2.9.5 Salting Methods. The trench method for treating the earth around a driven electrode is illustrated in
Figure 2-26. A circular trench is dug about one foot deep around the electrode. This trench is filled with the
soil treating material and then covered with earth. The material should not actually touch the rod in order to
provide the best distribution of the treating material with the least corrosive effect.
Another method for treating the earth around a driven electrode, using magnesium sulphate and water, is
illustrated in Figure 2-27. A 2-foot length (approximately) of 8-inch diameter tile pipe is buried in the ground
surrounding the ground electrode. This pipe is then filled with magnesium sulphate to within one foot of grade
level and watered thoroughly. The 8-inch tile pipe should have a wooden cover with holes and be located at
None of the aforementioned chemical treatments permanently improve earth electrode resistance. The
chemicals are gradually washed away by rainfall and through natural drainage.Depending upon the porosity of
the soil and the amount of rainfall, the period for replacement varies. Forty to ninety pounds of chemical will
initially be required to maintain effectiveness for two or three years. Each replenishment of chemical will
extend the effectiveness for a longer period so that the future treatments have to be done less and less
Another method of soil treatment or electrode enhancement involves the use of hollow made electrodes which
are filled with materials/salts which absorb external atmospheric moisture. These electrodes (generally 8-feet
long) must be placed in holes drilled by an earth auger making sure the breather holes at the top are above
grade level. Moisture from the atmosphere is converted to an electrolyte which in turn seeps through holes in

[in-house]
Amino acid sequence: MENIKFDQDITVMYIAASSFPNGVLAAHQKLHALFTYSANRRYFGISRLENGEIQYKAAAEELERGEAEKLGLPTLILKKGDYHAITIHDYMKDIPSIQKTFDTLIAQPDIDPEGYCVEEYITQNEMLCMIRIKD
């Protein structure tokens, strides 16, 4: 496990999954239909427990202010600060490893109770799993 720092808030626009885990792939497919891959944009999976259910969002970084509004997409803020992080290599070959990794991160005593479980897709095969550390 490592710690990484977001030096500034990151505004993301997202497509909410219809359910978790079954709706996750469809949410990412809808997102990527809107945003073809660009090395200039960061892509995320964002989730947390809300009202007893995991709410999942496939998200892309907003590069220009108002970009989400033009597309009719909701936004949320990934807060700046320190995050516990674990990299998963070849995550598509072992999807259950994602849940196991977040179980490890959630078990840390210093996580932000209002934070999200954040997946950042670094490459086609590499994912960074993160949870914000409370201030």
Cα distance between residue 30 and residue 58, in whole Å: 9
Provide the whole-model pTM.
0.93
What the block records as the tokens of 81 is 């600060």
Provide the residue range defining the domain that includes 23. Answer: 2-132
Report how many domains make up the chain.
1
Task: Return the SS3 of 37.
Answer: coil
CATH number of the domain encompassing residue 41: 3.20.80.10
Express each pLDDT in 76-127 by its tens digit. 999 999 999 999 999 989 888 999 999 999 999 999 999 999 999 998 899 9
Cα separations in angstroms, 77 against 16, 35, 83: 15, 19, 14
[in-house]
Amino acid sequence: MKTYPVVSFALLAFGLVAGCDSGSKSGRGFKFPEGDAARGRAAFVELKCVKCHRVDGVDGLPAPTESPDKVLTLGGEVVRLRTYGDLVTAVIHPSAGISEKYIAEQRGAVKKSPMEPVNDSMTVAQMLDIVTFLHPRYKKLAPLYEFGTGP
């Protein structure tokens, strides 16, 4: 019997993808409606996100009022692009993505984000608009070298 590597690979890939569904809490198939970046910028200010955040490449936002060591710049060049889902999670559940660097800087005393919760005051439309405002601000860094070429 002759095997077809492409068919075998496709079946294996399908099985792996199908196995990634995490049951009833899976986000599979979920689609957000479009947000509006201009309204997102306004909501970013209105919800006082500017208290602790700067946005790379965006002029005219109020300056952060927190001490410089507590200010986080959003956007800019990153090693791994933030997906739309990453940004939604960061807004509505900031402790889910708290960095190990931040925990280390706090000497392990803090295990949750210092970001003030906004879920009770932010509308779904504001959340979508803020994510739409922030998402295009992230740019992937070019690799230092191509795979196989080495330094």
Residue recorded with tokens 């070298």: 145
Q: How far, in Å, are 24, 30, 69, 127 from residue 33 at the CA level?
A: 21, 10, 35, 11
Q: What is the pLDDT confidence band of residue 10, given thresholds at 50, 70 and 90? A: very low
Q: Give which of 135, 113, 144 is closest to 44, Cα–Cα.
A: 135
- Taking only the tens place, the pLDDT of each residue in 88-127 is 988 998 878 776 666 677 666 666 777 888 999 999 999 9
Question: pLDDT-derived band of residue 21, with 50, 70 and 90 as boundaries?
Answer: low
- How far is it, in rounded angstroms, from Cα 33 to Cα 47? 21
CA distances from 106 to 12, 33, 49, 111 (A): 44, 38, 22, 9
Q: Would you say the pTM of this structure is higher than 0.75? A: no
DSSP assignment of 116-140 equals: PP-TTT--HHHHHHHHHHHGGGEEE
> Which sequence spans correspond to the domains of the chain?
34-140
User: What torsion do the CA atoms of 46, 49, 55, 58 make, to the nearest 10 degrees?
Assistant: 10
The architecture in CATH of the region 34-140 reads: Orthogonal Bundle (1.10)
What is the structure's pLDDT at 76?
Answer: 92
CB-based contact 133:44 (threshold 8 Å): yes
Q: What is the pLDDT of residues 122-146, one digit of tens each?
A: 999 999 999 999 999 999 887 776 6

the electrode into the surrounding soil. This keeps the soil moist and thereby reduces the resistance of the
electrode to earth. These electrodes should be checked annually to ensure sufficient quantities of
materials/salts are available and that good continuity exists between the rod and interconnecting cable.
2.10 CATHODIC PROTECTION.
2.10.1 Introduction. When two metals of different types are immersed in wet or damp soil, a basic electrolytic
cell is formed. A voltage equal to the difference of the oxidation potentials of the metals will be developed
between the two electrodes of the cell. If these electrodes are connected together through a low resistance
path, current will flow through the electrolyte with resultant erosion of the anodic member of the pair.
Unfortunately, those factors that aid in the establishment of low resistance to earth also foster corrosion. Low
resistance soils with a high moisture level and a high mineral salt content provide an efficient electrolytic cell
with low internal resistance. Relatively large currents can flow between short-circuited electrodes (such as
copper ground rods connected to steel footings or reinforcing rods in buildings) and quickly erode away the more
active metal (see Section 220.127.116.11) of the cell. In high-resistance cells, the current flow is less and the erosion is
less severe than in low-resistance cells.